Why is Syria being placed in the spotlight this week? - analysis

Iran’s movements in Syria and the movement of Iran’s weapons draw attention to the Syrian, Russian and Iranian activity within it.

 Hezbollah and Syrian flags flutter on a military vehicle in Western Qalamoun, Syria August 28, 2017.  (photo credit: REUTERS/OMAR SANADIKI)
Hezbollah and Syrian flags flutter on a military vehicle in Western Qalamoun, Syria August 28, 2017.
(photo credit: REUTERS/OMAR SANADIKI)

In the previous two weeks, Syria has been in the spotlight because of Iran’s moves in the region. This includes Iranian threats to US forces in eastern Syria and Iran’s attempts to continue entrenching in Syria.

Iran stations weapons in Syria as well as moving them through to Hezbollah and works with militant and terrorist groups in Syria.

Syria is also divided between zones that are controlled by the US and zones that are controlled by Turkey as well as areas dominated by Russia, Iran and the Syrian regime. This makes the country incredibly complex.

While Syria’s complexity and division is not new, it does appear to have been in focus in the last weeks. Will that continue to mean the country is somehow “in play” between the various countries that compete within Syria?

Alleged Israeli airstrikes in Syria

 A satellite image of the Aleppo Airport runway. (credit: IMAGESAT INTERNATIONAL) A satellite image of the Aleppo Airport runway. (credit: IMAGESAT INTERNATIONAL)

Last week, Syria alleged Israel carried out airstrikes on Aleppo and Damascus airports, a claim repeated by Iranian media.

A report by ImageSat International (ISI) noted that Aleppo International Airport was damaged in an airstrike on August 31. The same report said the airport had been repaired and had “probably returned to service,” which indicates the Syrian regime may want to enable Iran to continue to move weapons via Syria.

At the same time, UK-based Asharq al-Awsat reported that Russia had called on Iran to withdraw from areas in central and western Syria.

Russia’s demand was made during a meeting that included three Russian officers and their Iranian counterparts at the Hama Military Airport in central Syria on Wednesday. ‘Russian officers informed the Iranian side of the need to evacuate Iranian military headquarters near the site of Regiment 49, which belongs to the Syrian regime forces,’ a source told Asharq Al-Awsat. The Regiment 49 site is one of the most important military sites in western Hama because it houses long-range S-200 missiles and other Russian-made military equipment,” the report said.

“Russia’s demand was made during a meeting that included three Russian officers and their Iranian counterparts at the Hama Military Airport in central Syria on Wednesday."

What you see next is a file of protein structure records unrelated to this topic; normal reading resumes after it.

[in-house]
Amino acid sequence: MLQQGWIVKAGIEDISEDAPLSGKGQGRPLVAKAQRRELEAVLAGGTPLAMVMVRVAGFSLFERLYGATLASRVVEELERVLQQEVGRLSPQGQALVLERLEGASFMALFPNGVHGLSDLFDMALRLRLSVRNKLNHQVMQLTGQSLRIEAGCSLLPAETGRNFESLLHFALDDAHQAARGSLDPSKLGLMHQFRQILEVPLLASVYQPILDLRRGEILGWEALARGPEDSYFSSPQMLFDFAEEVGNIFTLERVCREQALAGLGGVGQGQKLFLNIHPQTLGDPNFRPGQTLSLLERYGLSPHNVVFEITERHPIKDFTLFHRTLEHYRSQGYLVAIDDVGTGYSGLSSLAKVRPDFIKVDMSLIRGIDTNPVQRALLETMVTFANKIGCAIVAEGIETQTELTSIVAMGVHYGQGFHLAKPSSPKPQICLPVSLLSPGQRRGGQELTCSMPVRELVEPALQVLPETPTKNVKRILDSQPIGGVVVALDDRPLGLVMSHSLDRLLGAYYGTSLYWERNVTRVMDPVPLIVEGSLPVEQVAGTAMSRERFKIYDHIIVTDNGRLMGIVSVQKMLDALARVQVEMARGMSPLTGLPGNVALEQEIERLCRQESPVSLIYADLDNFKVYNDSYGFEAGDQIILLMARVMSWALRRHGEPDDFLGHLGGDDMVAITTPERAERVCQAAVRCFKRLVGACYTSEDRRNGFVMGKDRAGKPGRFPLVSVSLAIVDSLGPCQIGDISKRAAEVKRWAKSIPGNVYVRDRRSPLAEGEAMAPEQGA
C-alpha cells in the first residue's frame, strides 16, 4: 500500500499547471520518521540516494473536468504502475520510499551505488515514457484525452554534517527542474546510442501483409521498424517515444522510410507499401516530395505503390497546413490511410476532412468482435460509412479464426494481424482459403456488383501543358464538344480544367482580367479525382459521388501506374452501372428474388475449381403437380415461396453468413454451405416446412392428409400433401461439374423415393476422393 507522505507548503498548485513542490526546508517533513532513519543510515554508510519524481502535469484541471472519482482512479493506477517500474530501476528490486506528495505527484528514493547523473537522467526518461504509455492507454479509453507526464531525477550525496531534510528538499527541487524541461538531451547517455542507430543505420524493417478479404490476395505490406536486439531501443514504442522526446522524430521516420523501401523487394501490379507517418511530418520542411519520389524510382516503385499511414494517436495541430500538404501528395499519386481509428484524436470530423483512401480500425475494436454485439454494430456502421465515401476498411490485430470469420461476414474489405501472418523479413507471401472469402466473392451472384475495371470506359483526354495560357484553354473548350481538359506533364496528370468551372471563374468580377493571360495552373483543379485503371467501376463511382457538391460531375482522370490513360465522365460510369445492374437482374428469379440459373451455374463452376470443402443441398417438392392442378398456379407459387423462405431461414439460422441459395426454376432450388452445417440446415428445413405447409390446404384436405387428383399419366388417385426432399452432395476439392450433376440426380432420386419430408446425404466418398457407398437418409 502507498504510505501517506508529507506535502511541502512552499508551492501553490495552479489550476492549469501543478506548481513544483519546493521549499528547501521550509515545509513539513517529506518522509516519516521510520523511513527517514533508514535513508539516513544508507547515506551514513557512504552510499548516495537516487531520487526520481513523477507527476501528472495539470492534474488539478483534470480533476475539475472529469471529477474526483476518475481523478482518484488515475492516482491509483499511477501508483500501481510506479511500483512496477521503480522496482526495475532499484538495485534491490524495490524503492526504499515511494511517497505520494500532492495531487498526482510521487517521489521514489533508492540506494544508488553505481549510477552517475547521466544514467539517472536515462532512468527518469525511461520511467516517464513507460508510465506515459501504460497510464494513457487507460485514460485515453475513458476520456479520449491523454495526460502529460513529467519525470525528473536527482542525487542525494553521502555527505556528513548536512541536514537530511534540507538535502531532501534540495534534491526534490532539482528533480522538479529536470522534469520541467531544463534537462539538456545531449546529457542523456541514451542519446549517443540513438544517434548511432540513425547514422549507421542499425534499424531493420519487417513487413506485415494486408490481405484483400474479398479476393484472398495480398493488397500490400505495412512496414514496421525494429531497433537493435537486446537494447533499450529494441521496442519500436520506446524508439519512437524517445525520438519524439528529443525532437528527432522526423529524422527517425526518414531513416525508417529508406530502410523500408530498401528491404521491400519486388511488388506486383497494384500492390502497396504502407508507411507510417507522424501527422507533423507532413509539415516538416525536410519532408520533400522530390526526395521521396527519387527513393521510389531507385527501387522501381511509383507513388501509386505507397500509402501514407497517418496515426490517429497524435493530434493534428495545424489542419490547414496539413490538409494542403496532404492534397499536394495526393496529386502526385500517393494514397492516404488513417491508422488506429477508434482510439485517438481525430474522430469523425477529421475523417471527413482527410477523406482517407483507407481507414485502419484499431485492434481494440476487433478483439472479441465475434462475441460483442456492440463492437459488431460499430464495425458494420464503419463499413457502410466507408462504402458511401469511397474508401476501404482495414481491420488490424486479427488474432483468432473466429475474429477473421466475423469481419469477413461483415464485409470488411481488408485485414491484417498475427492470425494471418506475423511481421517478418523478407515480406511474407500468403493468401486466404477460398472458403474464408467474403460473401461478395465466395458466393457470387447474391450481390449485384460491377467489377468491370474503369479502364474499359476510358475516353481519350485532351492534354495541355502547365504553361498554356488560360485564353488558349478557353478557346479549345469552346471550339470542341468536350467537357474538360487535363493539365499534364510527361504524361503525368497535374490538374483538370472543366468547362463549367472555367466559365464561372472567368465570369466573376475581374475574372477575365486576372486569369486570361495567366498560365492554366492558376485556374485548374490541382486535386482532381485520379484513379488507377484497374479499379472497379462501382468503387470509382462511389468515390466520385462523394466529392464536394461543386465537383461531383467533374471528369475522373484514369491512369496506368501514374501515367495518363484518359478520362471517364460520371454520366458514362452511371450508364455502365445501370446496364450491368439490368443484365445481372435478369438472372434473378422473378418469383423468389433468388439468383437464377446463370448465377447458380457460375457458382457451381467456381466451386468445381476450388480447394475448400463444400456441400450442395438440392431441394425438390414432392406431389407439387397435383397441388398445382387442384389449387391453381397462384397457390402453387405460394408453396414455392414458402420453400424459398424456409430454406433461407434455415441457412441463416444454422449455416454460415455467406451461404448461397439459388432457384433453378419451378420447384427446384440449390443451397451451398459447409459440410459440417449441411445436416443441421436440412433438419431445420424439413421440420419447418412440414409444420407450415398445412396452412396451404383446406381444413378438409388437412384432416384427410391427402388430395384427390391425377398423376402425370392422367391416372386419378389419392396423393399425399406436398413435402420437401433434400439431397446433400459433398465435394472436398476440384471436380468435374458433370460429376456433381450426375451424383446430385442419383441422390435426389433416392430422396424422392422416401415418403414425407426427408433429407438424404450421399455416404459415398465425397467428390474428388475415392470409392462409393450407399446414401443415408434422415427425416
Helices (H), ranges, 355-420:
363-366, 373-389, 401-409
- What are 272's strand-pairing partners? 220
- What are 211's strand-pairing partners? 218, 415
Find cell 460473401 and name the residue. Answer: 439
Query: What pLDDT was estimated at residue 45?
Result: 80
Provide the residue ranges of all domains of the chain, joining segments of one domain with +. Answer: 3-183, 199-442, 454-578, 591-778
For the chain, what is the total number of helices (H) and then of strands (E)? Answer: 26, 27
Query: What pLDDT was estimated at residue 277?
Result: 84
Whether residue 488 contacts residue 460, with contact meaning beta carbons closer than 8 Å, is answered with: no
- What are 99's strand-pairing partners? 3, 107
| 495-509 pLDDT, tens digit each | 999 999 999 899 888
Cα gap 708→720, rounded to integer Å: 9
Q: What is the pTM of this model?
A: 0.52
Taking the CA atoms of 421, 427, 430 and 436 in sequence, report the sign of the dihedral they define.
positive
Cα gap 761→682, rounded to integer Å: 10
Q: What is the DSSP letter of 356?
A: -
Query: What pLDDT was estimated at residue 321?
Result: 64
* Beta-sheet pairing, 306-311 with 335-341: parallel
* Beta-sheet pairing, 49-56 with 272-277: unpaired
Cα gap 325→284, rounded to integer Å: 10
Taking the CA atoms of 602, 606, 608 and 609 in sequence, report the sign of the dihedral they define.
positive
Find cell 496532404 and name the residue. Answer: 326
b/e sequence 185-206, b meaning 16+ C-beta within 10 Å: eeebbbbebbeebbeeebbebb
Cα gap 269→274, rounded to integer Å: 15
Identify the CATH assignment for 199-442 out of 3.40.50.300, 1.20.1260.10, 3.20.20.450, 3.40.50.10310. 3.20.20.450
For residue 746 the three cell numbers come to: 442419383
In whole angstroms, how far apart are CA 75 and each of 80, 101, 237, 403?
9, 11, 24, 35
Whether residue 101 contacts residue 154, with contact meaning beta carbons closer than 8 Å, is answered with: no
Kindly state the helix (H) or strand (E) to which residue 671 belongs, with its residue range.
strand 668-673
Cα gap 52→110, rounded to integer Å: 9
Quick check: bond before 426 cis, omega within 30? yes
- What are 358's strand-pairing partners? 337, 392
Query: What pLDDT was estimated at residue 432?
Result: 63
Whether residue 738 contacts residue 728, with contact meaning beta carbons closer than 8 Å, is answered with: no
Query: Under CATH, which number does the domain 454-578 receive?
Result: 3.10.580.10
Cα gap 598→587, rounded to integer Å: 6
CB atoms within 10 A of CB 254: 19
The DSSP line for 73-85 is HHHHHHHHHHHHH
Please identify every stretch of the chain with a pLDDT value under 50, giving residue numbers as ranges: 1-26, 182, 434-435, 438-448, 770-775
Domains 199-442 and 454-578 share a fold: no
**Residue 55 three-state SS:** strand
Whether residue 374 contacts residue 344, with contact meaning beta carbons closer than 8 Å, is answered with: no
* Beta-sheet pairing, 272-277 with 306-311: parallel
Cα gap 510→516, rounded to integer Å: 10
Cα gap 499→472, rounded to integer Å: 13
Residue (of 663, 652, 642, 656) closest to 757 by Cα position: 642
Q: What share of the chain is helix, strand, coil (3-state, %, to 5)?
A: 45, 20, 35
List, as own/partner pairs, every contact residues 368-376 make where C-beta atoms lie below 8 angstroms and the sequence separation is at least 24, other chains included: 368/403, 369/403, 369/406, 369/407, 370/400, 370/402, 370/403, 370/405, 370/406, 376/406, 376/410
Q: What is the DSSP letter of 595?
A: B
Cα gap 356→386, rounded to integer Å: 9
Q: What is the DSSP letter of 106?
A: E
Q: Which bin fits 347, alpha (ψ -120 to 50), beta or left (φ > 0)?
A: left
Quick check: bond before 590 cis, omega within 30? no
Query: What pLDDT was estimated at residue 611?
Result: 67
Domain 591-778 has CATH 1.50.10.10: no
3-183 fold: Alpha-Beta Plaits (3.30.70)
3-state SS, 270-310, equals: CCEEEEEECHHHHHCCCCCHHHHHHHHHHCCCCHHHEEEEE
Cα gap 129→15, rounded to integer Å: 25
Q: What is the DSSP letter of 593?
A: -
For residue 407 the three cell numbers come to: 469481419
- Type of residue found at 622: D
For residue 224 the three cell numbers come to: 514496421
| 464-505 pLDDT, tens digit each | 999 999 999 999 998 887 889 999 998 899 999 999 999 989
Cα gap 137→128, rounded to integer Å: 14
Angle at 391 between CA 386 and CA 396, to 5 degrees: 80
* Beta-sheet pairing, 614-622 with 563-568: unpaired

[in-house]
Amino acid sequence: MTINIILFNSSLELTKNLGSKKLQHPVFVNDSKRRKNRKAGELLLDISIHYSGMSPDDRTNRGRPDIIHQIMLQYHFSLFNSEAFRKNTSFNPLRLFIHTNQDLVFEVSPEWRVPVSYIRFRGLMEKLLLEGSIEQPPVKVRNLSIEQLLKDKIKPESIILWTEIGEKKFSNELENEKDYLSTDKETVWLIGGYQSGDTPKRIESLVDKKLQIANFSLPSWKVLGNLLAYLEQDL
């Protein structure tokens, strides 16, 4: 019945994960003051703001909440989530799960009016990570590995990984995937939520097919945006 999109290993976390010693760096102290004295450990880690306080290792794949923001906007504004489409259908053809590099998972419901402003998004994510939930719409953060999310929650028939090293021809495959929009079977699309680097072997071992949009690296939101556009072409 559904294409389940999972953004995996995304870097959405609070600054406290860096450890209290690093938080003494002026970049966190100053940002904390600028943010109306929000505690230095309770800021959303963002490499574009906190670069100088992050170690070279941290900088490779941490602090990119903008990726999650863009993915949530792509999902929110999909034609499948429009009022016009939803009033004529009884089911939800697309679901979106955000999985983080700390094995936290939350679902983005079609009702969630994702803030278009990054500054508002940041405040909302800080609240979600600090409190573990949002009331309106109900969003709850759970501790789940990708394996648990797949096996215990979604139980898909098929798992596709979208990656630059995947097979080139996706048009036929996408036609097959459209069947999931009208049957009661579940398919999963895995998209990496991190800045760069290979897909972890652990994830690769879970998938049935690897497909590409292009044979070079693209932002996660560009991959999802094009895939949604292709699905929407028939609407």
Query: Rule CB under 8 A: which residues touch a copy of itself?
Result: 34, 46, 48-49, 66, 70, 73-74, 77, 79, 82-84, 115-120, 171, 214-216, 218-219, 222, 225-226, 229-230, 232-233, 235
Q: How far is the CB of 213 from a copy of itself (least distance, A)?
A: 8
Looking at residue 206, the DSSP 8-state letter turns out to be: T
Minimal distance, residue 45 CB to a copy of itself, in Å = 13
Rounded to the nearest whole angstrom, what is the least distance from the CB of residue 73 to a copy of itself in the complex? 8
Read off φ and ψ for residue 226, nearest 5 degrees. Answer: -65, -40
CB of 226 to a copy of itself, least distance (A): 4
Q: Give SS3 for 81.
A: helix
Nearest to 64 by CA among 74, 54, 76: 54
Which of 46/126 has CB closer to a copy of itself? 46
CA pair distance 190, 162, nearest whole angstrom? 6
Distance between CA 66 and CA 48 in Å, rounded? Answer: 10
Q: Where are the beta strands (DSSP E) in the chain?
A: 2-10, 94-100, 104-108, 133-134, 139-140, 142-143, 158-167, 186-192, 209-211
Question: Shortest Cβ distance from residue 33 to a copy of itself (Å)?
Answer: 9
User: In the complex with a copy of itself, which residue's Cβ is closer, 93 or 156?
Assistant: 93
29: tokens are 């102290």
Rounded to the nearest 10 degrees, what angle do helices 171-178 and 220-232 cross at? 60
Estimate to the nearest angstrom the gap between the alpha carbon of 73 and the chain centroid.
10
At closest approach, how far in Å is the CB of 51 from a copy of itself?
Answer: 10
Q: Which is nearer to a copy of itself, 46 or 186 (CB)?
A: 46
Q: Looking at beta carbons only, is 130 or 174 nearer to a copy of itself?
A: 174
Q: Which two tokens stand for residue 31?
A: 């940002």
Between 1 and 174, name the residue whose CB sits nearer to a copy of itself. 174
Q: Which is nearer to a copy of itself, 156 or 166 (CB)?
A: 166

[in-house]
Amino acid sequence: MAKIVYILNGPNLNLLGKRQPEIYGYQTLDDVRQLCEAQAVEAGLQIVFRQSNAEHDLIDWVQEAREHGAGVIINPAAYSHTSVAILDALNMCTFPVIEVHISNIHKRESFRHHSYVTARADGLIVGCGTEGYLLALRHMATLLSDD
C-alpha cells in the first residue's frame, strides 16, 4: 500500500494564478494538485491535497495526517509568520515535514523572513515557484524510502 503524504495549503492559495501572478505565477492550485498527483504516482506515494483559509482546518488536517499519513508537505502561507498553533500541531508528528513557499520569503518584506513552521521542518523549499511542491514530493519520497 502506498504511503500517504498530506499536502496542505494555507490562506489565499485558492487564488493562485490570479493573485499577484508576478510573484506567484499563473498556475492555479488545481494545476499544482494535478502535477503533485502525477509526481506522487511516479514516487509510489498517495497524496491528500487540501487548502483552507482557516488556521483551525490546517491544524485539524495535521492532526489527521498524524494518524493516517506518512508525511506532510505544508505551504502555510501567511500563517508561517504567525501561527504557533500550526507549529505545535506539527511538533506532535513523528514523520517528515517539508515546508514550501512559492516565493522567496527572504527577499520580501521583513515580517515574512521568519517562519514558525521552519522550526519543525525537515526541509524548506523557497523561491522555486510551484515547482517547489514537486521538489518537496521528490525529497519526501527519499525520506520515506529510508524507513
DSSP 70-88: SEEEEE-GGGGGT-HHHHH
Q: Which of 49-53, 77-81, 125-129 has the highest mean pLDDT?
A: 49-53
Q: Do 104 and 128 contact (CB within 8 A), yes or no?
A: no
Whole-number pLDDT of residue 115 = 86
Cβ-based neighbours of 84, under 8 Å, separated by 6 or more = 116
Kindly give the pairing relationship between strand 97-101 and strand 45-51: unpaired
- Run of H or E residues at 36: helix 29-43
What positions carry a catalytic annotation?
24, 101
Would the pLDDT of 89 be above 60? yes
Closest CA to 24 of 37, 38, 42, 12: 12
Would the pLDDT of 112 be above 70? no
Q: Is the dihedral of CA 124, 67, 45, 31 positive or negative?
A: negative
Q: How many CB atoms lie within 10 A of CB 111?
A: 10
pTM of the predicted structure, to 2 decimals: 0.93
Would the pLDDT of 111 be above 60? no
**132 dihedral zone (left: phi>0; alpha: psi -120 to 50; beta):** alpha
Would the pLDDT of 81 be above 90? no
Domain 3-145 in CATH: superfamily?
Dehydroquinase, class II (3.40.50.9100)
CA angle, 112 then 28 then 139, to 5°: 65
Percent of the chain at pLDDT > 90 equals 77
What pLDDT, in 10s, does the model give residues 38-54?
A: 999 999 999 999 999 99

Asharq al-Awsat

This means that a source, or sources, could be spreading an inaccurate story or misinformation. Would someone want the world to know that Russia is trying to get Iran to leave certain areas?

This might benefit Russia and the Syrian regime and it might provide cover for Iran. It could also be a way to indicate the Syrian regime and Iran are concerned about Iran’s role. Overall the point of the report is that it tells us that either there is daylight between Iran and Russia or someone wants us to believe there is.

Either way, this is important. In the past, reports have claimed that Russia was displeased with Iran’s build-up in Syria. Also, there were reports that the Syrian regime was concerned about Iran attacking US forces in places like Tanf.

The reason the regime is concerned is that it brings down airstrikes in Syria that can endanger regime members. But there is also no evidence that Russia and the regime really do anything to curtail Iran’s role. Iran, Russia and the Syrian regime are allies.

Another report at UK-based SOHR claimed that Hezbollah was concerned about Israeli attacks in Syria and had brought forces to Mahin, east of Homs. Again, this can be real information or it could be someone wanting to point this information out for certain reasons, drawing attention to this area.

Back in late August, Asharq al-Awsat had also reported “Iranian militias and Syrian regime security forces have cordoned off military sites used by the militias in western Hama and central Syria after they were targeted by Israeli raids on Thursday.”

These reports paint a picture of Syria in flux and a potential struggle between Iran’s agenda and other agendas in Syria. This week and subsequent weeks could prove crucial in whether Iran continues to escalate its role.